Beyond the confines of our small world, far from the glow of our star, lie a galaxy and universe much larger and more varied than anyone on Earth can possibly imagine. For the new NAC spacecraft Odyssey and her crew, the unimaginable facets of this untouched world are about to become reality.The Odyssey's maiden voyage is an epic adventure destined to make history.
Captain Eric Weston and his crew encounter horrors, wonders, monsters, and people; all of which will test their resolve, challenge their abilities, and put in sharp relief what is necessary to be a hero.
A first-rate military-science-fiction epic that combines old-school space opera and modern storytelling, Into the Black: Odyssey One is a riveting, exhilarating adventure with vivid details, rich mythology, and relentless pacing.
©2012 Evan Currie (P)2012 Brilliance Audio, Inc.
Those not familiar with common sense.
I can't think of one.
They are all bland and soulless.
The performance was fine but the story was bland and things just didn't add up. For example wouldn't you think if you'd just made first contact with an alien race in the form of a derelict ship where something unknown had dessicated the entire crew and there was a weird organic compound covering everything wouldn't you quarantine and decontaminate the troops on the return to your ship? Apparently not in that universe.
Also you've got this new interstellar drive system and the first ship to use it to leave the solar system is a massive battleship. That might make sense if you were already aware of and at war with an alien race but that is not the case here. Scientists and engineers who make things like interstellar drives happen are much more rational than that.
I'll be honest I haven't yet finished the book I'm at about the halfway point and if things turn around I'll update my review. I can't wait for Ryk Brown or Christopher Nuttall's next books as they are much better examples of this genre.
There wasn't passages filling text. The sci-fi (no spoiler) flowed from structured visualized progression crafting plot and technology to progressive story line.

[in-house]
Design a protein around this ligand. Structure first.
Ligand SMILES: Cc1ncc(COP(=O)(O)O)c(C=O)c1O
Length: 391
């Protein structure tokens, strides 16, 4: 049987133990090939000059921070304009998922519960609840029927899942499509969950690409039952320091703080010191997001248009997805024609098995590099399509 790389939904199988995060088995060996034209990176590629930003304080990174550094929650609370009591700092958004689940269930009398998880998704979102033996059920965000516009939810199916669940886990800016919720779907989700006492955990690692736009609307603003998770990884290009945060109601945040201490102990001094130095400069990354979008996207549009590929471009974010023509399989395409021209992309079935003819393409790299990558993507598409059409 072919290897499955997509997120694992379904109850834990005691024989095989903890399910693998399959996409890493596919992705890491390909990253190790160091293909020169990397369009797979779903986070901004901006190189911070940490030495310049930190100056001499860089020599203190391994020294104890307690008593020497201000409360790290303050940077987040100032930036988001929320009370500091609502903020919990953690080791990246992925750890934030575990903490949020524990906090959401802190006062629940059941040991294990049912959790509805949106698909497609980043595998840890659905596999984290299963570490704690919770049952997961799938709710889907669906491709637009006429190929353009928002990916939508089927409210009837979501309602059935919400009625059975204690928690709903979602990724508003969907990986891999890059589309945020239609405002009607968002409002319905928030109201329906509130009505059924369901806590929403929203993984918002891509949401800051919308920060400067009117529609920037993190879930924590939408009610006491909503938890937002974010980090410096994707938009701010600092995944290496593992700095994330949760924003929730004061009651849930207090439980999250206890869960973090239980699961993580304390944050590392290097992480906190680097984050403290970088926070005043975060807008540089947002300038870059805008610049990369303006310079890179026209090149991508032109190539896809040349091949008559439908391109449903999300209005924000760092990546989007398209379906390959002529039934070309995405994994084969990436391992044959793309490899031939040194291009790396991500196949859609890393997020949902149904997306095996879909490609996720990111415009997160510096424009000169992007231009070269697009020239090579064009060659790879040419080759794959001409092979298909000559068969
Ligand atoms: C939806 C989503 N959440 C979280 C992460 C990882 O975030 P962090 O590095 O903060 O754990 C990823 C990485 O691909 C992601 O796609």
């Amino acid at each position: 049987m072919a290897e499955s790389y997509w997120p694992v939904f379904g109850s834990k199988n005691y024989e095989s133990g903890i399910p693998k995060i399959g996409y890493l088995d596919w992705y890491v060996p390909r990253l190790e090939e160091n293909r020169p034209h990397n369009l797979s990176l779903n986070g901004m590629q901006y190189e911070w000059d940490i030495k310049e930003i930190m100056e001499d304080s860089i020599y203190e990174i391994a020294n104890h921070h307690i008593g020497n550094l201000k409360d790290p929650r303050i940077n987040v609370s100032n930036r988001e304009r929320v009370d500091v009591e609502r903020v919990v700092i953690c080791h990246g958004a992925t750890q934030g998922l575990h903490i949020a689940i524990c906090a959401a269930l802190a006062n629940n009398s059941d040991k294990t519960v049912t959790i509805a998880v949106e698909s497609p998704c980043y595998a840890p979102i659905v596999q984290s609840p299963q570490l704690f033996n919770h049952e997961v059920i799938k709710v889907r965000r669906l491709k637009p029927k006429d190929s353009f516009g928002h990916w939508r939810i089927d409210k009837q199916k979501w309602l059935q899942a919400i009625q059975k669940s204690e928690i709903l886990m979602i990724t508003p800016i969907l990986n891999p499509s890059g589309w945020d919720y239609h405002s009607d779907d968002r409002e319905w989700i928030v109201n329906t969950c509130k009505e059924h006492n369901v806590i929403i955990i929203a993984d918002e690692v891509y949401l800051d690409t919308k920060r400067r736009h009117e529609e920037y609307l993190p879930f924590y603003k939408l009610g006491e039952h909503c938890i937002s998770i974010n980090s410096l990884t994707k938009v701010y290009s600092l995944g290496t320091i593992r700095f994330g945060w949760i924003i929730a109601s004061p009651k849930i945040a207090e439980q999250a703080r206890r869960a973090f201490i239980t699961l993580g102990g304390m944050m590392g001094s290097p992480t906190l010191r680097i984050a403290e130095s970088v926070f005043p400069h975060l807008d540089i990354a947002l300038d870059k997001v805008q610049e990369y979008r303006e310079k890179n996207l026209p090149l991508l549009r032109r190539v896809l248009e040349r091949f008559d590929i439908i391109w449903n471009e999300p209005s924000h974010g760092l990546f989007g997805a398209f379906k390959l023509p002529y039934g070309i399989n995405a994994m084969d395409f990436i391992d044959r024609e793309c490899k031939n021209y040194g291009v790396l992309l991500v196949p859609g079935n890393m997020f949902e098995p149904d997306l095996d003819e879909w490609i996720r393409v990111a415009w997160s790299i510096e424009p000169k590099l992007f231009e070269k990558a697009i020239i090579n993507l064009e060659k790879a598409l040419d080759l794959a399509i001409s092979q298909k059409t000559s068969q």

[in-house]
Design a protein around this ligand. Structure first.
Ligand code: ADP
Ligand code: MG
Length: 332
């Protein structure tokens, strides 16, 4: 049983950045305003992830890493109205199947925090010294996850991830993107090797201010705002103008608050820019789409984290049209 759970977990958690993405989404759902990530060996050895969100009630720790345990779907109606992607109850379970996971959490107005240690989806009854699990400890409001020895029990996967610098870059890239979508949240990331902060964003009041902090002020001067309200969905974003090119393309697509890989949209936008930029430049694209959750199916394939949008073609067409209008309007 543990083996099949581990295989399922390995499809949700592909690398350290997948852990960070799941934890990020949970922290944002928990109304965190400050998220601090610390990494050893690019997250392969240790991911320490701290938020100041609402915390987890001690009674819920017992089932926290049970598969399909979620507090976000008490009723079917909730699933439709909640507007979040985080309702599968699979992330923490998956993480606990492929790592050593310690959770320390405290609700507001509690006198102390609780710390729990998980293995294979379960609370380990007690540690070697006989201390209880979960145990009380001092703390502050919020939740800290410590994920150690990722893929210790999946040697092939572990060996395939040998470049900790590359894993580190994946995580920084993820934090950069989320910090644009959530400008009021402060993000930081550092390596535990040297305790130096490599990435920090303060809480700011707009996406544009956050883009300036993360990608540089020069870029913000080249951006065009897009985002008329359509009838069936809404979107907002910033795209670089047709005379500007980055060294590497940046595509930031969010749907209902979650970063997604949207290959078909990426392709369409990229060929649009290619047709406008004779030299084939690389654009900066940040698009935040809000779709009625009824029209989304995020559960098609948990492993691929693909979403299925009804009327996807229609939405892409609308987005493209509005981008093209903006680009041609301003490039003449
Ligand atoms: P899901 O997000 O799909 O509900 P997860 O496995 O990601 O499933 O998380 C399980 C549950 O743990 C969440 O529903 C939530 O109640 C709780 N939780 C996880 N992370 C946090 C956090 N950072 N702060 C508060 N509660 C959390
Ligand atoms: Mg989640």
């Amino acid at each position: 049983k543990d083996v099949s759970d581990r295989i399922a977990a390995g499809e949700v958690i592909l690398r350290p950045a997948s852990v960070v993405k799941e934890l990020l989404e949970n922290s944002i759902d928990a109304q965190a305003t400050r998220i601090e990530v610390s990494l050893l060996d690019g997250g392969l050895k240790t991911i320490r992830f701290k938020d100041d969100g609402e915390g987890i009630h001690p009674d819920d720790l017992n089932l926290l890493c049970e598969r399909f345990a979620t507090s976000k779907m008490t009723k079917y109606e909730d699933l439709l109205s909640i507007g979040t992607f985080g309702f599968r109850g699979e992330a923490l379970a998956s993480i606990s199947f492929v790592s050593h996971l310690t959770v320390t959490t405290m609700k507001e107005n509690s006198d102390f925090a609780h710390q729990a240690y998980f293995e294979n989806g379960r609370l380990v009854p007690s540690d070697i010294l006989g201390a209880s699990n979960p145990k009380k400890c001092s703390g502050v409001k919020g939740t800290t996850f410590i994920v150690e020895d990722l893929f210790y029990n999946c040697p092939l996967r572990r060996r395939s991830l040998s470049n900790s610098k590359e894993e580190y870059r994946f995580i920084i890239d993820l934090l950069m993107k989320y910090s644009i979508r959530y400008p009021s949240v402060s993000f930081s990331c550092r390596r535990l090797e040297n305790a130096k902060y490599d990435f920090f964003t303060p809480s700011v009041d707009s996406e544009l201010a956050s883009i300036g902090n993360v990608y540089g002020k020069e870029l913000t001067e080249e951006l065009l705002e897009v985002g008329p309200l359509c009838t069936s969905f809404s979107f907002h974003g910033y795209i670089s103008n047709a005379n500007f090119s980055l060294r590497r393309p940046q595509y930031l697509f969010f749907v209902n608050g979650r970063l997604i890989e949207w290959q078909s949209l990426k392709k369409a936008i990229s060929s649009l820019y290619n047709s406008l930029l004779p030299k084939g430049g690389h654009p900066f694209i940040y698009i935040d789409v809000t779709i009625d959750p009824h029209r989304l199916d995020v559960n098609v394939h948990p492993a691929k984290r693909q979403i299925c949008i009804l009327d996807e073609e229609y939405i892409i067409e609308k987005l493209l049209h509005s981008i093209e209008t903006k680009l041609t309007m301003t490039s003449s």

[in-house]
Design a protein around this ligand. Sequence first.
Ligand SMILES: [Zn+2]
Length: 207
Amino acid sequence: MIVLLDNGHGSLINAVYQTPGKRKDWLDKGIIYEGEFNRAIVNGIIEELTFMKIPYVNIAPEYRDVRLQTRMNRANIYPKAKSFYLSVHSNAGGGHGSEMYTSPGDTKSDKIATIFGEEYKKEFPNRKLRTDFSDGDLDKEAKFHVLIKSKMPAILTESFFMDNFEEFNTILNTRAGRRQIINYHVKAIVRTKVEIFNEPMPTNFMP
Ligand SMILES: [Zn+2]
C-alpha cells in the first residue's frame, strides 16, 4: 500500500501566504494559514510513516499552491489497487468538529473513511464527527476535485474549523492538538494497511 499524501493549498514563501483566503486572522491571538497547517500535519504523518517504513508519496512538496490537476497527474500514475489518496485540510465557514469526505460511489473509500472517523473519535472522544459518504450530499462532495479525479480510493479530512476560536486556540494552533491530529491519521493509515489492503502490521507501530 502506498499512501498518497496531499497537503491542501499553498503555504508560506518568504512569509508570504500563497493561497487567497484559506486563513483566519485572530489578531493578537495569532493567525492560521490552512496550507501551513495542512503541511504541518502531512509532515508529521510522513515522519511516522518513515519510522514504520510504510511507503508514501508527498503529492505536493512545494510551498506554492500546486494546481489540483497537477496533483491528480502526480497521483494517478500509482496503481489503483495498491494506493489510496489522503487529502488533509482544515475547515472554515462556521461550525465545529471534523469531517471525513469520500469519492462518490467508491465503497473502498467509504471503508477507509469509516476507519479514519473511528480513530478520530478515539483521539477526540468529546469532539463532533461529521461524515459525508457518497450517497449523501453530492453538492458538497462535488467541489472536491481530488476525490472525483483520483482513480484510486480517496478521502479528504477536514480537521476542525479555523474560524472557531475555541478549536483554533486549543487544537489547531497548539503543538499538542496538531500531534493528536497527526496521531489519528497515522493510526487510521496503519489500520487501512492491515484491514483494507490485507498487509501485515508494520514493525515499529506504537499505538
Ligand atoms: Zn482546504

Nothing really flows in the same venu
There was one voice mistake ;-)
If I were to say it would be a spoiler.
I wrote this because the book sets itself apart.
The length is almost 15 hours.
Discovery of advanced human race in far space who are being sought after and destroyed by robots from yet another part of the universe.
Odyssey One is very similar to any number of popular Star Fleet missions. It is immediately familiar as such and it takes very little time to get into the meat of the story. Don't read this as "stale" because the differences are significant. It was exactly the fast paced adventure I was looking for. All of these made it one of the easiest "reads" I have come across in some time.
All of them. New book and they came together perfectly.
I love the tribute to Robert A Heinlein.
This is a review of the series as a whole, with minimal spoilers.
tl;dr: The first three books are excellent, while the fourth is so-so. The four combine into one coherent arc, and the conclusion of the fourth book leaves plenty of material for sequels. Altogether, they were a worthwhile read.
For a comparison, the Odyssey One series reminded me most strongly of the Mass Effect video game trilogy. Its major drawbacks are that it can be a bit predictable and simplistic: It's good guys versus bad guys. Evan Currie almost never kills a character that you actually like. The protagonist's genius alone saves the day every time things seem hopeless. And there's a bit of deus ex machina to boot.